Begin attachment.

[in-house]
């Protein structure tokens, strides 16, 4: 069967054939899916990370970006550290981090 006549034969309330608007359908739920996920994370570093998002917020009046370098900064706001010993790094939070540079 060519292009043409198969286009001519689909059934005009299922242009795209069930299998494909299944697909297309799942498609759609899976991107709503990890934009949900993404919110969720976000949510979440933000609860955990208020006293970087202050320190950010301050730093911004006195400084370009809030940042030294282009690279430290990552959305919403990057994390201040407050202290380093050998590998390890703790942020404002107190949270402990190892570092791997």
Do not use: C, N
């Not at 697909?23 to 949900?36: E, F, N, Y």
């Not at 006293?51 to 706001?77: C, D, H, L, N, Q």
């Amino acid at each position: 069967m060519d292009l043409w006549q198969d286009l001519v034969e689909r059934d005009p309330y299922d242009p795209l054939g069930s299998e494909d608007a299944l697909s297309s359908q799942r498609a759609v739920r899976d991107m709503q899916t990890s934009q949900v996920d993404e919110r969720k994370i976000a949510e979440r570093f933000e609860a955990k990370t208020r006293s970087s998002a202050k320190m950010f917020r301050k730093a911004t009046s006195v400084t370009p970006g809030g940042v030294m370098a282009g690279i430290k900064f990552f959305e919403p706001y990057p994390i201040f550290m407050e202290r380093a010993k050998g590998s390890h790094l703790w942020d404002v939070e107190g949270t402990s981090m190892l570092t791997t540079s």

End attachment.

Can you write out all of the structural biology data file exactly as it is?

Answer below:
[in-house]
């Protein structure tokens, strides 16, 4: 069967054939899916990370970006550290981090 006549034969309330608007359908739920996920994370570093998002917020009046370098900064706001010993790094939070540079 060519292009043409198969286009001519689909059934005009299922242009795209069930299998494909299944697909297309799942498609759609899976991107709503990890934009949900993404919110969720976000949510979440933000609860955990208020006293970087202050320190950010301050730093911004006195400084370009809030940042030294282009690279430290990552959305919403990057994390201040407050202290380093050998590998390890703790942020404002107190949270402990190892570092791997």
Do not use: C, N
């Not at 697909?23 to 949900?36: E, F, N, Y």
């Not at 006293?51 to 706001?77: C, D, H, L, N, Q």
């Amino acid at each position: 069967m060519d292009l043409w006549q198969d286009l001519v034969e689909r059934d005009p309330y299922d242009p795209l054939g069930s299998e494909d608007a299944l697909s297309s359908q799942r498609a759609v739920r899976d991107m709503q899916t990890s934009q949900v996920d993404e919110r969720k994370i976000a949510e979440r570093f933000e609860a955990k990370t208020r006293s970087s998002a202050k320190m950010f917020r301050k730093a911004t009046s006195v400084t370009p970006g809030g940042v030294m370098a282009g690279i430290k900064f990552f959305e919403p706001y990057p994390i201040f550290m407050e202290r380093a010993k050998g590998s390890h790094l703790w942020d404002v939070e107190g949270t402990s981090m190892l570092t791997t540079s």